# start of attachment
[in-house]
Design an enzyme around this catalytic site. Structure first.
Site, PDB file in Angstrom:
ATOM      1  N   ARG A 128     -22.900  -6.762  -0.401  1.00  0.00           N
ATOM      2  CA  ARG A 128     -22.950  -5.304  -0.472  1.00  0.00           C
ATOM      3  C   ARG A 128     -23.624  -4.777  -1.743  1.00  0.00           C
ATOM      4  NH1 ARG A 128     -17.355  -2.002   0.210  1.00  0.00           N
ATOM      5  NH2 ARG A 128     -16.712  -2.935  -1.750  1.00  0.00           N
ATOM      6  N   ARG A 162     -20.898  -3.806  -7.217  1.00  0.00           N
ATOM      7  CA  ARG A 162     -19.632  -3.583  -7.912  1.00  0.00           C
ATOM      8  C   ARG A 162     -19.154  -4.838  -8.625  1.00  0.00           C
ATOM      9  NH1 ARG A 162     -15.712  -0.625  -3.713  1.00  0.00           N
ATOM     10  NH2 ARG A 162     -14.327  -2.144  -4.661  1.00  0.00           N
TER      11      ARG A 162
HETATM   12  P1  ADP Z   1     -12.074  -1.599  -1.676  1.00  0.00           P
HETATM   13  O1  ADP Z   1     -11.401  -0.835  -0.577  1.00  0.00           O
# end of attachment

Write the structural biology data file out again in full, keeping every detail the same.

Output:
[in-house]
Design an enzyme around this catalytic site. Structure first.
Site, PDB file in Angstrom:
ATOM      1  N   ARG A 128     -22.900  -6.762  -0.401  1.00  0.00           N
ATOM      2  CA  ARG A 128     -22.950  -5.304  -0.472  1.00  0.00           C
ATOM      3  C   ARG A 128     -23.624  -4.777  -1.743  1.00  0.00           C
ATOM      4  NH1 ARG A 128     -17.355  -2.002   0.210  1.00  0.00           N
ATOM      5  NH2 ARG A 128     -16.712  -2.935  -1.750  1.00  0.00           N
ATOM      6  N   ARG A 162     -20.898  -3.806  -7.217  1.00  0.00           N
ATOM      7  CA  ARG A 162     -19.632  -3.583  -7.912  1.00  0.00           C
ATOM      8  C   ARG A 162     -19.154  -4.838  -8.625  1.00  0.00           C
ATOM      9  NH1 ARG A 162     -15.712  -0.625  -3.713  1.00  0.00           N
ATOM     10  NH2 ARG A 162     -14.327  -2.144  -4.661  1.00  0.00           N
TER      11      ARG A 162
HETATM   12  P1  ADP Z   1     -12.074  -1.599  -1.676  1.00  0.00           P
HETATM   13  O1  ADP Z   1     -11.401  -0.835  -0.577  1.00  0.00           O